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Recipe of the week: How to make Hawaiian rolls with tropical wheat beer

Addie Broyles,
Tropical wheat beer adds a punch of flavor to these Hawaiian-style sweet yeast rolls. The recipe is from Lori Rice’s new book, “Beer Bread.” [Contributed by Lori Rice]

Beer and bread go together like chicken wings and the Super Bowl.

This homemade spin on King’s Hawaiian rolls, the softest, sweetest bread you’ll find in just about every grocery store in America, uses a tropical wheat beer to add that hint of floral flavor. The recipe is from a new book called “Beer Bread” by Lori Rice that comes out the first week of February.

Rice offers suggestions of fruity wheat beer options that you could use, and Texans can add Shiner’s prickly pear or peach beers to the list.

The dough has to rise for about two hours and then another 30 minutes after you’ve formed the rolls, but they bake in just more than 20 minutes. You could serve them warm and with butter on your Super Bowl buffet, or you could use them as a base for buttery ham-and-cheese sliders or turkey-Swiss sliders with cranberry sauce.

RELATED: So much butter: The very best Hawaiian roll slider for a holiday party

How to make a slider using turkey, Swiss and cranberry sauce

A tip on cutting the dough into 12 equal pieces: You can use a baking scale to make sure each ball is about 2 1/2 ounces, or you can cut the ball of dough in half, and then continue to cut each part in half until you have 12 pieces.

If you have any extras, tear them apart and freeze in a zip-top freezer bag. That way, if you only want one or two rolls, you can pull them out to thaw individually.

Tropical Wheat Hawaiian-Style Rolls

Homemade Hawaiian-style rolls often use pineapple juice to create that pillowy texture and hint of tropical sweetness we are familiar with from the store-bought version. This recipe incorporates a similar idea, but in the form of beer. A tropical-flavored wheat beer creates a punch of flavor, giving the rolls their characteristic sweetness. I like to use a passion fruit wheat beer, but pineapple or guava are great choices, too. Some options: Kona Brewing Company Wailua Wheat, Maui Brewing Company Pineapple Mana Wheat or SanTan Brewery Mr. Pineapple.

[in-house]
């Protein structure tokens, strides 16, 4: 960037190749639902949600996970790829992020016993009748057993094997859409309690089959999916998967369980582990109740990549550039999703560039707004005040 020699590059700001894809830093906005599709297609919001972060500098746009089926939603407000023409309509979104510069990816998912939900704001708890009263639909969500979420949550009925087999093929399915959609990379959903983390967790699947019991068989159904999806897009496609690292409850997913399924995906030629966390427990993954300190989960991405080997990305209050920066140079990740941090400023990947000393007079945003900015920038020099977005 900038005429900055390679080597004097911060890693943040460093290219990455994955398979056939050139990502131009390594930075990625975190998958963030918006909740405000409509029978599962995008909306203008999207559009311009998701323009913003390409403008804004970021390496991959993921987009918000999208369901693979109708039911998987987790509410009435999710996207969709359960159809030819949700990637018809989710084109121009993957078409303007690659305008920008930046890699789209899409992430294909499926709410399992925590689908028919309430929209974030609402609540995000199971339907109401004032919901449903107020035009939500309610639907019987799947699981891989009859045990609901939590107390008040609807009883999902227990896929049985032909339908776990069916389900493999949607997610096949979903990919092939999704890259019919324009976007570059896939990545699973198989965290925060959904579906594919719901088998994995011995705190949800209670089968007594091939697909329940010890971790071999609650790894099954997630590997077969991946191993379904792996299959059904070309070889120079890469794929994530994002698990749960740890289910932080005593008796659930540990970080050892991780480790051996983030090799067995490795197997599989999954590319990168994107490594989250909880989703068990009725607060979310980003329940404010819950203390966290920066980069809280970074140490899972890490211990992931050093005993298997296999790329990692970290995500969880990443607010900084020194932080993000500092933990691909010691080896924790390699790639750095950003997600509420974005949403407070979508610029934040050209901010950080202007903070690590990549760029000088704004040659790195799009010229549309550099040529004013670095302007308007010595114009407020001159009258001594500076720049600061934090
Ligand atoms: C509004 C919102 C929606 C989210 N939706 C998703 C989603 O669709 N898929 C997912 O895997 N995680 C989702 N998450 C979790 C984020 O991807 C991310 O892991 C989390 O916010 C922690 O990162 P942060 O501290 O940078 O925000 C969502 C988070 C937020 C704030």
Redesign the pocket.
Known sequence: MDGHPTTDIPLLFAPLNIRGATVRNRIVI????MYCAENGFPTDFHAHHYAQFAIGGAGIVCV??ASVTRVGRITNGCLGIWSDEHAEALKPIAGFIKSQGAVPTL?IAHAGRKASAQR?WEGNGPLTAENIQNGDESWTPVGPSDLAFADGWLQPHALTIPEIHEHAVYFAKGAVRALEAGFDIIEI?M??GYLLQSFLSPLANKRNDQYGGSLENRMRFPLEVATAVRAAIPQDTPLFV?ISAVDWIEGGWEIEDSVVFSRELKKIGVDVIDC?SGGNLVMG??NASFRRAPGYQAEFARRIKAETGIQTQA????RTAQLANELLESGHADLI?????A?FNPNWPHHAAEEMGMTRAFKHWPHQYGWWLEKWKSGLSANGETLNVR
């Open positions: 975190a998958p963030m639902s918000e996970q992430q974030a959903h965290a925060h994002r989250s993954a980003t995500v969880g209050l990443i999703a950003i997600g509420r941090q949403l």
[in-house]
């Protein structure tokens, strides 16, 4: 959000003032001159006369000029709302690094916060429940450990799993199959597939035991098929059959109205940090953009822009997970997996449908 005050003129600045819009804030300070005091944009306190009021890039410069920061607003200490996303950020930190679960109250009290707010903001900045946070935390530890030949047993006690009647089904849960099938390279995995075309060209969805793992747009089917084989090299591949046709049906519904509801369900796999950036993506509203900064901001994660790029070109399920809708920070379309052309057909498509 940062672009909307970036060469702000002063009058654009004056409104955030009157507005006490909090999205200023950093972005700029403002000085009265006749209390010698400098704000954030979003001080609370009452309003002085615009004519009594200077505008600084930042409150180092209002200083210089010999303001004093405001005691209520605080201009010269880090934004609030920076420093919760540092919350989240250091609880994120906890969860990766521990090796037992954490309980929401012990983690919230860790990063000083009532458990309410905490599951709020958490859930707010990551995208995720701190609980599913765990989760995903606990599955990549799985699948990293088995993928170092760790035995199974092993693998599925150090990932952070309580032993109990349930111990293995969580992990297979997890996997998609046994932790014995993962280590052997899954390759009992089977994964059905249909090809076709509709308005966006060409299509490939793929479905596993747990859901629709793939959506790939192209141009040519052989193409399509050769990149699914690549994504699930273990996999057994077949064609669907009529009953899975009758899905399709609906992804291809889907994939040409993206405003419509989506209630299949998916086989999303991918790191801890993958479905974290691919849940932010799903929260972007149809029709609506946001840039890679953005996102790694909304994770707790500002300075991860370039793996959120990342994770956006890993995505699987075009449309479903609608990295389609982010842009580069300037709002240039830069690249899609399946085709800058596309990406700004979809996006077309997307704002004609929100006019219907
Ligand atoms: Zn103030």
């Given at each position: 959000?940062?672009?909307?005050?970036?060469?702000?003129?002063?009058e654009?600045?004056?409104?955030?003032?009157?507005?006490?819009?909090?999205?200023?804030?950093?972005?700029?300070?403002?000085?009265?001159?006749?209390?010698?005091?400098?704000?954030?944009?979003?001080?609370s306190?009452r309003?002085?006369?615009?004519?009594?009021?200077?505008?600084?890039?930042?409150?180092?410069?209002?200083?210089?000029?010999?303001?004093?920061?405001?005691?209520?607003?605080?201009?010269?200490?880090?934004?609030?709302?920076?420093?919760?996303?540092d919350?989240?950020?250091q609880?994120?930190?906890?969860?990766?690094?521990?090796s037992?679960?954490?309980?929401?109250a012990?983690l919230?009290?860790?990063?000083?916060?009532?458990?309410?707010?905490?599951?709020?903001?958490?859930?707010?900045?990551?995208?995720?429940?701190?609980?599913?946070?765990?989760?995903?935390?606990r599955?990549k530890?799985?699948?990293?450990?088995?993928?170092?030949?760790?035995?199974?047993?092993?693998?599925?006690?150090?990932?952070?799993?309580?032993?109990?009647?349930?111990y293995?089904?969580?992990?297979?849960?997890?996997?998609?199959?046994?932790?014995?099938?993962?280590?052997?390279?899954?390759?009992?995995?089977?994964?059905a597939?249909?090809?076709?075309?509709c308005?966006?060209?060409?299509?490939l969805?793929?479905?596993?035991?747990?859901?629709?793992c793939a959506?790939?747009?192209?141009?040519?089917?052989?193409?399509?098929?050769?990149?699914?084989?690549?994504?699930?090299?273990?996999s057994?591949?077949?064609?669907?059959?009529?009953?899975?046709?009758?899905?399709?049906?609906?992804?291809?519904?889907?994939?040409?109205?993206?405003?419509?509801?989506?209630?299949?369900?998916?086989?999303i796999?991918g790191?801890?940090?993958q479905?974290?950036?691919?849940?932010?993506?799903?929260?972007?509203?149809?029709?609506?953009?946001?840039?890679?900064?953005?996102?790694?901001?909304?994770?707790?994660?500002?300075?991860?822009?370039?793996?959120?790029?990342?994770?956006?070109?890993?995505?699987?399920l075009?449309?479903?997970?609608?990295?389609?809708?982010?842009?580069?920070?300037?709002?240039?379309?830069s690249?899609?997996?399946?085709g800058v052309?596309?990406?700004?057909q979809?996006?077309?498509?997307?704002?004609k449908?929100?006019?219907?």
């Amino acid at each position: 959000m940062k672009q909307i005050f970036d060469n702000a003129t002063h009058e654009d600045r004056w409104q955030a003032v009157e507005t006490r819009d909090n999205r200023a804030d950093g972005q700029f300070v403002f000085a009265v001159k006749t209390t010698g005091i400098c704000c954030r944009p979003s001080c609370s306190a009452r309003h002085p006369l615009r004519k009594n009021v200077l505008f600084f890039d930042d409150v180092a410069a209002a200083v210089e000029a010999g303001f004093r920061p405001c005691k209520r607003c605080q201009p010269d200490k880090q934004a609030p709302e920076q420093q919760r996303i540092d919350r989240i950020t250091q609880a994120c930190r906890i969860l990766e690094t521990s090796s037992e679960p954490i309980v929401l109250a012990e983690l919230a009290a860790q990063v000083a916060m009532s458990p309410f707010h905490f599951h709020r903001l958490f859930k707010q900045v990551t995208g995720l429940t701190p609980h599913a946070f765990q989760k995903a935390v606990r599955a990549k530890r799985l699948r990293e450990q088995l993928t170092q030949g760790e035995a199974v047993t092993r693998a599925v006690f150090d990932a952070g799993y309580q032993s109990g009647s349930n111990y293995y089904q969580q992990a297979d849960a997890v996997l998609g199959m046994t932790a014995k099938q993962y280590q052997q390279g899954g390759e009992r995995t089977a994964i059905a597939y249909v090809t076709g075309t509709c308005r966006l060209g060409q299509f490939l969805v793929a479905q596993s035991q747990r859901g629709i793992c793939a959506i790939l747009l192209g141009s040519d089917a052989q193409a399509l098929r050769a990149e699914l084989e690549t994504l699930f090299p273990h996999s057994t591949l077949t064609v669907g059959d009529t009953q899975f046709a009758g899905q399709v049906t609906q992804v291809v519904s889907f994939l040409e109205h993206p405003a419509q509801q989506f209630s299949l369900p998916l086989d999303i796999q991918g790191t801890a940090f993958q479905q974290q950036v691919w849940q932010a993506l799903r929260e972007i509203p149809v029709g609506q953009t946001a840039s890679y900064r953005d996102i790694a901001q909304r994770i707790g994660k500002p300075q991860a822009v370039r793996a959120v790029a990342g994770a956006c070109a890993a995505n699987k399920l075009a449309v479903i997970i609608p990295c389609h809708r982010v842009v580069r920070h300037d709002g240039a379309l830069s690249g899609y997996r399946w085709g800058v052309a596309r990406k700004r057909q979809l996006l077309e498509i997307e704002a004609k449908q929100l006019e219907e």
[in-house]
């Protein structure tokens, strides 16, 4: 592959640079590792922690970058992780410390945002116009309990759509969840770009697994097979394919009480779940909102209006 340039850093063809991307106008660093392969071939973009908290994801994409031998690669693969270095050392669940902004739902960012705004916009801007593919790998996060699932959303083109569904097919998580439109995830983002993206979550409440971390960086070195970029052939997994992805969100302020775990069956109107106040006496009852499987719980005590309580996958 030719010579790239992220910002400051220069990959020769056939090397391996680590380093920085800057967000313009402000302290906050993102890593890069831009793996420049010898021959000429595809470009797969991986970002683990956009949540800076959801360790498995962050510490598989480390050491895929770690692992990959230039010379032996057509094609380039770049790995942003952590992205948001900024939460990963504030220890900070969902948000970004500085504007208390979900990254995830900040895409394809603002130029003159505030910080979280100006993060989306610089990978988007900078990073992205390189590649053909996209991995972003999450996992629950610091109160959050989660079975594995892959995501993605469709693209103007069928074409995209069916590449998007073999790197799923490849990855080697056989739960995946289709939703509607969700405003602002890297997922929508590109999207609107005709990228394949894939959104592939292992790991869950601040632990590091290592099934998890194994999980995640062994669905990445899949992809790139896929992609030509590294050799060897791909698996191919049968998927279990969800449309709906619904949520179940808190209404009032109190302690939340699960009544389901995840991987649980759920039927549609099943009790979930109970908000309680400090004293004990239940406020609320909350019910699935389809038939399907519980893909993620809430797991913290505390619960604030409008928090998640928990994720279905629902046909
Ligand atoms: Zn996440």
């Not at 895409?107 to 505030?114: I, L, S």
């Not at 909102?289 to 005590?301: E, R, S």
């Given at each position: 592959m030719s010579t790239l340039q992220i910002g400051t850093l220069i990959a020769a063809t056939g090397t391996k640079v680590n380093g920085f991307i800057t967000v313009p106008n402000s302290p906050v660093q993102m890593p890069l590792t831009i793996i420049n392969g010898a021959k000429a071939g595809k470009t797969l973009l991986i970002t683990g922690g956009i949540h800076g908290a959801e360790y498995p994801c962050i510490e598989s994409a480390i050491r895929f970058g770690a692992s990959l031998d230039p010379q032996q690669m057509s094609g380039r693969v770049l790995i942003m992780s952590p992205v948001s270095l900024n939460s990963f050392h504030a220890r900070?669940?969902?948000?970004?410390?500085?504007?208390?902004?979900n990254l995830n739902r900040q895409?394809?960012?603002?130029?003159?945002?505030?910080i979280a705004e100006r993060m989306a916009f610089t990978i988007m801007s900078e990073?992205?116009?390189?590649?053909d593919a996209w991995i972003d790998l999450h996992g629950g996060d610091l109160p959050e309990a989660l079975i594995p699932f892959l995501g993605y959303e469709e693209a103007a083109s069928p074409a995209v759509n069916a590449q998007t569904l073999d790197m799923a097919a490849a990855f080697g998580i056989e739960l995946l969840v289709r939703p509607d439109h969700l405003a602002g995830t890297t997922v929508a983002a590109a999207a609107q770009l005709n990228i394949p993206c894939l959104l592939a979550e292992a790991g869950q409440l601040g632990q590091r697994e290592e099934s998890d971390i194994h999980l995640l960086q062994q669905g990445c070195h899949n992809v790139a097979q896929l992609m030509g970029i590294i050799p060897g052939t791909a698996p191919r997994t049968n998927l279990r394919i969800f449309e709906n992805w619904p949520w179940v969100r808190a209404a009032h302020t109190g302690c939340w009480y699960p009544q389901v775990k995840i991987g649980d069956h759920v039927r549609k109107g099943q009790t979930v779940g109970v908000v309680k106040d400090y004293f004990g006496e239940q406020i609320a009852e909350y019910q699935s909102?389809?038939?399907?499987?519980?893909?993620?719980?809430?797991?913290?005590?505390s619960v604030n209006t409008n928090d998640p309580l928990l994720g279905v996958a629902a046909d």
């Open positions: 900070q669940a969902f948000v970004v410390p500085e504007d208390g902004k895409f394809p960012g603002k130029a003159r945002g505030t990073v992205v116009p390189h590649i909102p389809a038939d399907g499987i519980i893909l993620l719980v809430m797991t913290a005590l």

— Lori Rice

3 3/4 cups (450 grams) all-purpose flour

2 1/4 teaspoons (1/4 ounces) active dry yeast

3/4 cup (6 ounces) tropical wheat beer

1/3  cup sugar

4 tablespoons (1/2 stick) unsalted butter, melted

2 tablespoons powdered milk

2 large eggs

1 teaspoon fine sea salt

Egg wash

Add the flour and yeast to the bowl of a stand mixer fitted with the dough hook. Turn the mixer to low and pour in the beer. Scrape the sides of the bowl as needed and mix until a dough begins to form. Mix in the sugar and then the melted butter and milk powder. Mix in the eggs and then add the salt.

The dough will be sticky, so scrape the sides as needed with a rubber spatula. Allow the mixer to knead the dough for a full 15 minutes. At this point, a dough ball will form in the middle of the bowl. The dough will still be sticky but will pull away from the bowl when encouraged.

Use floured hands to handle it and turn the dough ball out onto a floured surface. Knead by hand for about 30 more seconds and form the dough into a ball. Transfer the dough to a bowl that has been greased with butter or cooking oil. Cover it and let it proof until it has doubled in size, at least 2 hours. You want it to be nice and puffy.

Grease a 9-inch-by-13-inch pan with butter. (I sometimes use a slightly shorter pan, 9 inches by 11 inches, so that the rolls bake closely together like the store-bought ones, but either is fine.)

Punch down the dough. Turn it back out onto a floured surface. Roll the dough back into a ball and cut it into 12 equal pieces, about 2 1/2 ounces each. Roll the pieces into balls. Place the balls in the prepared pan.

Heat the oven to 350 degrees. Set the baking dish on the stove and let the dough proof for 30 more minutes. Brush the rolls with egg wash and bake for 20 to 25 minutes, until they’re golden brown and the center of the rolls reaches 190 degrees. Makes 12 rolls.

— From “Beer Bread: Brew-Infused Breads, Rolls, Biscuits, Muffins, and More” by Lori Rice (Countryman Press, $24.95)